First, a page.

Black Public Defender Association
“Fighting daily for our clients and communities against racism and other systems of oppression”
Black public defenders are American freedom fighters; they are on the front lines of this generation’s civil rights movement.
-James Forman, Jr.
The role of Black defenders in the struggle for justice in this country is often untold. The creation of BPDA elevates the necessary and valuable voices of current and former defenders in the fight for racial equity and justice.
The unique experiences and challenges of black public defenders prompted Patrice James, a founding public defender of Still She Rises, in Tulsa, Oklahoma, to reach out to April Frazier Camara, then Director of Defender Legal Services at the National Legal Aid Defender Association (NLADA) in the fall of 2017, to inquire about national organizations that provide support and training for black public defenders. Patrice’s inquiry prompted a long-overdue discussion at NLADA about the need to form an organization that would serve as a safe space, refuge, and training ground for black public defenders throughout the country. During initial discussions at NLADA, April learned from NLADA President and CEO Jo-Ann Wallace, the idea for this organization had been discussed for many years in the black defender community. Jo-Ann recognized the long-standing desire and need for such an organization and readily supported its creation under April’s leadership.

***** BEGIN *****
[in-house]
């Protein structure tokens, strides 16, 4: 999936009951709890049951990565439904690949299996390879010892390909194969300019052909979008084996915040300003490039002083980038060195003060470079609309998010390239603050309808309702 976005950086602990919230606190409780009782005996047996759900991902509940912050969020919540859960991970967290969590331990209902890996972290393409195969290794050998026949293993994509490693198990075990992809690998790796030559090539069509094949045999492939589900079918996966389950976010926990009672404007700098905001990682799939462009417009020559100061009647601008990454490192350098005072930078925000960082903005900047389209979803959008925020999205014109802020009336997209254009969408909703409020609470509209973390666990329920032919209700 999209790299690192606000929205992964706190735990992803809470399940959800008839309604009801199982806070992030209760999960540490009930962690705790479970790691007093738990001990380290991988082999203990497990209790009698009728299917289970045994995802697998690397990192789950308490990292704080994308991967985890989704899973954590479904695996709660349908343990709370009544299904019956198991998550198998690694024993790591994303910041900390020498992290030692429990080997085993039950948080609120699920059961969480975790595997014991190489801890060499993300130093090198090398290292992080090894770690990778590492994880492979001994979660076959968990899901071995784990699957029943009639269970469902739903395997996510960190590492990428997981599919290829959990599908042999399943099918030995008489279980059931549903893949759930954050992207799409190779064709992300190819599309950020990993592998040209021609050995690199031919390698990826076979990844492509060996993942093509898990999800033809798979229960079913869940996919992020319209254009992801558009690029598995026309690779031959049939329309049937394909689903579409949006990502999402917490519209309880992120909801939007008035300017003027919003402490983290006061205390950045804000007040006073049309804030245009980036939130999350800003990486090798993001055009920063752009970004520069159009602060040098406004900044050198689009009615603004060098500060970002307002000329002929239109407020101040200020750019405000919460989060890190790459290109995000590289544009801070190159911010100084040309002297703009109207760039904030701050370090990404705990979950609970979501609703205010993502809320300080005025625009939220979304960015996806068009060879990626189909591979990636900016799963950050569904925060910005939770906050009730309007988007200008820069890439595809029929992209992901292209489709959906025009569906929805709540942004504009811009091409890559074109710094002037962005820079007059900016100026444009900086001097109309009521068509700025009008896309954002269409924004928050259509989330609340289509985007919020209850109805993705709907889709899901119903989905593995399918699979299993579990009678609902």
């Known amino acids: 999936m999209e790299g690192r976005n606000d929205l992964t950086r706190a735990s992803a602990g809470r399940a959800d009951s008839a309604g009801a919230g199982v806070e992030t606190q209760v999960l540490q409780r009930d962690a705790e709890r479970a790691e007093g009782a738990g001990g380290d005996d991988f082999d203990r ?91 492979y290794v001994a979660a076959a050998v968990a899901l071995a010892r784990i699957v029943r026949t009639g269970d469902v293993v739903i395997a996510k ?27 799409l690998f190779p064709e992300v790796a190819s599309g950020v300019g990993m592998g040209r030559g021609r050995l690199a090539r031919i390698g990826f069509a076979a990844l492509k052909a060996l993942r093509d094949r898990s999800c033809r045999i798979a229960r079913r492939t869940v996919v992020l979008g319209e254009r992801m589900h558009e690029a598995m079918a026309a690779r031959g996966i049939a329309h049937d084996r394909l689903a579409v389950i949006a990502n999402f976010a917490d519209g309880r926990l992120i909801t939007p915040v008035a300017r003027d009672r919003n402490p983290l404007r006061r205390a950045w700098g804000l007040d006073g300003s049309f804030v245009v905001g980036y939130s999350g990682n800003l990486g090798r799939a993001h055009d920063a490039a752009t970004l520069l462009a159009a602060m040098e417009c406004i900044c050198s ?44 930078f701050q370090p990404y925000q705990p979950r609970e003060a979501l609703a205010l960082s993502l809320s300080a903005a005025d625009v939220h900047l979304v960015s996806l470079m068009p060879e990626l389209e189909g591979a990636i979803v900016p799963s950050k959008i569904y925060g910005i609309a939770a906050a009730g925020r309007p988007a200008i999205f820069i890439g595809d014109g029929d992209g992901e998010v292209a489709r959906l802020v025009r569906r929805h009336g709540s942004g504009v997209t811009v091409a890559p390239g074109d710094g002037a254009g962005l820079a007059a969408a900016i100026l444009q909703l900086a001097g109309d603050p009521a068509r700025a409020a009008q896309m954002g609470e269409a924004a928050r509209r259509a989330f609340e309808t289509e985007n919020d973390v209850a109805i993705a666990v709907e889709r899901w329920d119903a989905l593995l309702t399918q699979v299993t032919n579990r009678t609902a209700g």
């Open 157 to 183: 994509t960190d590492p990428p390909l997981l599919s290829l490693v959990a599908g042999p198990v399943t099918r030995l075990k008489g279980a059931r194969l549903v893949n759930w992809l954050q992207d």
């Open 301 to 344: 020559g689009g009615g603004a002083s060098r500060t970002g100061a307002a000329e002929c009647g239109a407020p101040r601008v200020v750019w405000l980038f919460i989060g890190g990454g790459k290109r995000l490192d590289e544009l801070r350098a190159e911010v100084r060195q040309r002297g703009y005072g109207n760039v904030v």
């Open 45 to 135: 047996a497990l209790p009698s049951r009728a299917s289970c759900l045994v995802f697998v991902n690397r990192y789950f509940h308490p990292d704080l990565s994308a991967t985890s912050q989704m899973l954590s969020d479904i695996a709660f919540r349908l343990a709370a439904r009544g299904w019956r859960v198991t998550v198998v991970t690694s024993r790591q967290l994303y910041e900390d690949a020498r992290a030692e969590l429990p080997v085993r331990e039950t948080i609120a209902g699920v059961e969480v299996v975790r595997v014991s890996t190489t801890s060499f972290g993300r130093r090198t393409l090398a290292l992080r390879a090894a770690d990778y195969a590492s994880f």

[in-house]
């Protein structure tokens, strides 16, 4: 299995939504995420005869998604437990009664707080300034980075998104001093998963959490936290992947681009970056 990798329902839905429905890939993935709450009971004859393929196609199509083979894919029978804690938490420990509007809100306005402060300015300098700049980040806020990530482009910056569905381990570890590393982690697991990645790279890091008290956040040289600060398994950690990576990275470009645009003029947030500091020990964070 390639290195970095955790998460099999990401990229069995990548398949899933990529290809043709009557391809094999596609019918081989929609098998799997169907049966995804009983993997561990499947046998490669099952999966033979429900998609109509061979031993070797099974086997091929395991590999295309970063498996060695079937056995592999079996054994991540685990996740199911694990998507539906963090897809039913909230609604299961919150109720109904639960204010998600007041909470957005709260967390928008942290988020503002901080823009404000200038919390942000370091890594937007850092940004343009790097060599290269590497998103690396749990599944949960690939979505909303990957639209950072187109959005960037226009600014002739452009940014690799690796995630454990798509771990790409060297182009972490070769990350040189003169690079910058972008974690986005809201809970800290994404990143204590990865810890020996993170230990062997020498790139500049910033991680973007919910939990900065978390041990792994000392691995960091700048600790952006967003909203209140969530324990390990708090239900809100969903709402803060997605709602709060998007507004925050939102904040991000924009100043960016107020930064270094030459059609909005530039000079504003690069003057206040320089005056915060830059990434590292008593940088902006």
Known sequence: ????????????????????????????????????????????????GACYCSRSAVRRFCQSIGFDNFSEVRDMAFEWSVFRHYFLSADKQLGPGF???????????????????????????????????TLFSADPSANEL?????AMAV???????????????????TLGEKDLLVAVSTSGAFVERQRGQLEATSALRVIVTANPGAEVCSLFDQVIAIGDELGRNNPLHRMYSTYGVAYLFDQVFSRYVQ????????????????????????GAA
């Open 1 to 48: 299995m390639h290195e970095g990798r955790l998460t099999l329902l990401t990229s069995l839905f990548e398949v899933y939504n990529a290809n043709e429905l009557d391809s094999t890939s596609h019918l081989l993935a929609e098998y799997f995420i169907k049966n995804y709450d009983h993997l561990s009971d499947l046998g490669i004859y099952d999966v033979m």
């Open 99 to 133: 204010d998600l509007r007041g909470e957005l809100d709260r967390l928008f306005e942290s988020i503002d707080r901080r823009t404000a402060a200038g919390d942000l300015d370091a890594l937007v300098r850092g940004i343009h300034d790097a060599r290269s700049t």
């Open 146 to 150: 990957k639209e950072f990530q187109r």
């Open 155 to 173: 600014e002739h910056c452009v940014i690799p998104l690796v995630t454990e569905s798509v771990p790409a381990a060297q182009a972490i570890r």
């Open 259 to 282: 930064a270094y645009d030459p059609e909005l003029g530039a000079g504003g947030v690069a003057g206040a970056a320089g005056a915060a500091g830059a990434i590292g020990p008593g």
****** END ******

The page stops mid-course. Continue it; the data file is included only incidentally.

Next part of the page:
The Black Public Defender Association aims to improve the quality of defense provided to low-income communities across the United States by creating and maintaining a national network of skilled Black public defenders that identify with and are committed to the populations they serve. BPDA is a section of the National Legal Aid and Defender Association.